Ricky Rice is a middling hustler with a lingering junk habit, a bum knee, and a haunted mind. A survivor of a suicide cult, he scrapes by as a porter at a bus depot in Utica, New York, until one day a mysterious letter arrives, summoning him to enlist in a band of paranormal investigators comprised of former addicts and petty criminals, all of whom had at some point in their wasted lives heard what may have been the voice of God.
Infused with the wonder of a disquieting dream and laced with Victor LaValle’s fiendish comic sensibility, Big Machine is a mind-rattling mystery about doubt, faith, and the monsters we carry within us.
LaValle has garnered critical acclaim for his previous works (a collection, Slapboxing with Jesus, and novel, The Ecstatic), and his second novel is sure to up his critical standing while furthering comparisons to Haruki Murakami, John Kennedy Toole and Edgar Allan Poe. Gritty, mostly honest-hearted ex-heroin addict protagonist Ricky Rice takes a chance on an anonymous note delivered to him at the cruddy upstate New York bus depot where he works as a porter. Quickly, Ricky finds himself among the "Unlikely Scholars," a secret society of ex-addicts and petty criminals, all black like him, living in remote Vermont and sifting through stacks of articles in a library devoted to investigating the supernatural; the existence of a god; and the legacy of Judah Washburn, an escaped slave who claimed to have had contact with a higher being that the Unlikely Scholars now call "the Voice." Ricky's intoxicating voice robust, organic, wily is perfect for narrating LaValle's high-stakes mashup of thrilling paranormal and Ralph Ellison's Invisible Man, as the fateful porter something of a modern Odysseus rallied by a team of "spiritual X-men" wanders through America's "messianic hoo-hah."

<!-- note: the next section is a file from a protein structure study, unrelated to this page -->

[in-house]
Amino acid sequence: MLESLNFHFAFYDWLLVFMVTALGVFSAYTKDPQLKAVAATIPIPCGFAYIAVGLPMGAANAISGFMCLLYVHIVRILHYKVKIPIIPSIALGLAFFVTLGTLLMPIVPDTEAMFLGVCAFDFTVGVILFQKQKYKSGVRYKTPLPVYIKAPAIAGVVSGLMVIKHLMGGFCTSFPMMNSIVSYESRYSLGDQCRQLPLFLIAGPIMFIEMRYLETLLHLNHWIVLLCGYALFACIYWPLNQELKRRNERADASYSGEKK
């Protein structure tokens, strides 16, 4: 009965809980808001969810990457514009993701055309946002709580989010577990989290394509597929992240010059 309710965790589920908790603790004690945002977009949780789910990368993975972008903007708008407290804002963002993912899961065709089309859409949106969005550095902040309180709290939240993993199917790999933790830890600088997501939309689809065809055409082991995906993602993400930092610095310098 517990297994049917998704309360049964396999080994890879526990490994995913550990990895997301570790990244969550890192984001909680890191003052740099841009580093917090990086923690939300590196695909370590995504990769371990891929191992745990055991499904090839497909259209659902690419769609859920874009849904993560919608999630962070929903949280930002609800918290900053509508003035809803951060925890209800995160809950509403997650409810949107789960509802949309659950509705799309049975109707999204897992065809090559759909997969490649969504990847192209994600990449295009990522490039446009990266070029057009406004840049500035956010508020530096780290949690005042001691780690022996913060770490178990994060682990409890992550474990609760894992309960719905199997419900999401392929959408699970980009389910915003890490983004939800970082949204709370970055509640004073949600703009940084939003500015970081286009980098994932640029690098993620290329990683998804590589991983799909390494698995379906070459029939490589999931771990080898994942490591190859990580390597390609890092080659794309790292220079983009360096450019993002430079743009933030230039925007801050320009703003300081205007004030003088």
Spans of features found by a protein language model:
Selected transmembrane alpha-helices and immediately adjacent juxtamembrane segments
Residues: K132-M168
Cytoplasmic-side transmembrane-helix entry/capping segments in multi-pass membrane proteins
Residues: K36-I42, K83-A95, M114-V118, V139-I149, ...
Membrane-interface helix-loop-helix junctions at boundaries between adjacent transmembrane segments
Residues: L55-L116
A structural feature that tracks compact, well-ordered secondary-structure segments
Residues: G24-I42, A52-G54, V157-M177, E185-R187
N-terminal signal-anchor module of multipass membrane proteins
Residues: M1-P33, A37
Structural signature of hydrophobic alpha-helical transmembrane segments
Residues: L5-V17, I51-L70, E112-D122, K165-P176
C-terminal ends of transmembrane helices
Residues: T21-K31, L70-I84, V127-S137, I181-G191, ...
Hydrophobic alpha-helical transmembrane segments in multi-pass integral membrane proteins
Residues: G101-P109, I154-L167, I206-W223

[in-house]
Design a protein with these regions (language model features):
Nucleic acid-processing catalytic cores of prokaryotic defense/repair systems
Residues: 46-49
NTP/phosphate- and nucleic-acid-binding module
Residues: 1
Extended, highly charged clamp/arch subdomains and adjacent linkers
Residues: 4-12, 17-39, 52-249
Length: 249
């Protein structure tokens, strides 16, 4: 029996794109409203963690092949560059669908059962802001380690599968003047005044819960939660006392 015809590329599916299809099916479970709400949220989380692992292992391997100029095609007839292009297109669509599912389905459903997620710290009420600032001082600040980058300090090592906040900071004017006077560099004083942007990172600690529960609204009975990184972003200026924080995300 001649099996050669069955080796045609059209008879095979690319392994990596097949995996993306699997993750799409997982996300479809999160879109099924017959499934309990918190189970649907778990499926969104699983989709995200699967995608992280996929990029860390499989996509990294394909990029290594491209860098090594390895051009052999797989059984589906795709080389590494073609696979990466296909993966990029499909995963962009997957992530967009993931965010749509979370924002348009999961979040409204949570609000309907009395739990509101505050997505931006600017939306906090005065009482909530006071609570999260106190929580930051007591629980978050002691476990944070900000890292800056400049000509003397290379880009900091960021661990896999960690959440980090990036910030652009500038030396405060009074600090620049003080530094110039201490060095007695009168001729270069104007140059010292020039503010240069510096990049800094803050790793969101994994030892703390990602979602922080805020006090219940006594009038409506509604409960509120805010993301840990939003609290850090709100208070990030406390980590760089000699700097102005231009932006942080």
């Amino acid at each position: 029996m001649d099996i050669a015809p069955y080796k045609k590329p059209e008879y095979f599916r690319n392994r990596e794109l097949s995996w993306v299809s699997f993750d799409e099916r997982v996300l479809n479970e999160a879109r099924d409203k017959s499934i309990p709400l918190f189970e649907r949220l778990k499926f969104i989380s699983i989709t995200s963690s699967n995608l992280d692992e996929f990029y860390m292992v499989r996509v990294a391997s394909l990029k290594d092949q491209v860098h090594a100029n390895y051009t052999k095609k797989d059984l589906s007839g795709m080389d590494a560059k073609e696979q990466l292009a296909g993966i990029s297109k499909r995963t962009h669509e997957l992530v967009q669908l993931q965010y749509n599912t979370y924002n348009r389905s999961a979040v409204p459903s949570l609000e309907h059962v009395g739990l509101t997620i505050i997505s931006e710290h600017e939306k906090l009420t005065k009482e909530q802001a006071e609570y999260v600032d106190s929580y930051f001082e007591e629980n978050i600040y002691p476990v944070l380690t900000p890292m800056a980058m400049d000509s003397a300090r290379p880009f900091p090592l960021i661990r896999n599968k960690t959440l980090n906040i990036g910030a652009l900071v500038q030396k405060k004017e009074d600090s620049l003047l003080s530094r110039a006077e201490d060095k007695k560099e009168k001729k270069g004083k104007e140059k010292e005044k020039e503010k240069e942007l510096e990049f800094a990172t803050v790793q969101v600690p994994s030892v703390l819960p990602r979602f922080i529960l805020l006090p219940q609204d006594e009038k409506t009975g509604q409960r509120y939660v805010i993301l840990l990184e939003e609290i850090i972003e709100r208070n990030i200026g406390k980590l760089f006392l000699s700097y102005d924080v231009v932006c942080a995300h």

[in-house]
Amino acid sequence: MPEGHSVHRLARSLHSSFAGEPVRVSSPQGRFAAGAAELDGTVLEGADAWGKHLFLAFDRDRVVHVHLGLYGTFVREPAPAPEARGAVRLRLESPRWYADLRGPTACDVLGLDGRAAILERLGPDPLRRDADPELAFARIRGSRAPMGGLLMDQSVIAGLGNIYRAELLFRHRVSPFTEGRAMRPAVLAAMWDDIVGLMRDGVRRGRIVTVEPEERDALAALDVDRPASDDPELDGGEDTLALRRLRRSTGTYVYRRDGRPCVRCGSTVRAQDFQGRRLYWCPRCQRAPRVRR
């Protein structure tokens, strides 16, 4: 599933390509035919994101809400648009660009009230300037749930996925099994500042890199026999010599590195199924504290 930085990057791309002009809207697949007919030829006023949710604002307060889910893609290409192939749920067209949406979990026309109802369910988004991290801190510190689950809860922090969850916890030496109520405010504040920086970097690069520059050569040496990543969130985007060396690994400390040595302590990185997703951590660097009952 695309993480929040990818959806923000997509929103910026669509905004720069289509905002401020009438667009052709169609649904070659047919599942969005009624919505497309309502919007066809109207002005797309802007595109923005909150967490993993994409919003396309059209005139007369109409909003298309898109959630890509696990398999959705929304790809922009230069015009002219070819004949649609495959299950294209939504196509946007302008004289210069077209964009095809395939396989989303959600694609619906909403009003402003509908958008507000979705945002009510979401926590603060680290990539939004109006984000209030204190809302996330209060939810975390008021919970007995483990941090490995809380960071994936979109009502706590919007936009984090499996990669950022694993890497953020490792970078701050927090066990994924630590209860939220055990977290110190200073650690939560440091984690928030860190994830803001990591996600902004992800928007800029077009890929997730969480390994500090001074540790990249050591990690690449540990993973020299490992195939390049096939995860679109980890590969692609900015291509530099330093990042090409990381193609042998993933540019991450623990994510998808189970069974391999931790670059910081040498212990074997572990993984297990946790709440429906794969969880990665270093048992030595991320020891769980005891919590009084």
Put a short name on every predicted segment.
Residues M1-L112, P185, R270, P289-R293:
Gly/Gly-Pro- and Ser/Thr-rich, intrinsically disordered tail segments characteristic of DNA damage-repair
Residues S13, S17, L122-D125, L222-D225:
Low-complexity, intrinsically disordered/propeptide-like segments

Rough Cut Diamond
This is a beautiful and, often times, messy read. Its definitely not going to be everyone's cup of tea, but the protagonist's voice was fresh and humorous enough to keep me attached. The 'horror' label is a bit misleading but I'm not quite sure what genre would accurately reflect this story. Definitely worth reading, though be prepared for abrupt breaks and sudden 180's in the plot.
Can't finish it
This book is well- written, and the story is very intriguing in the beginning. I made it about 30% of the way into the story, and frankly, I just got bored. It was moving so slowly and generating too many unanswered questions. On top of that, I just didn't care about the characters enough to wonder how it ends.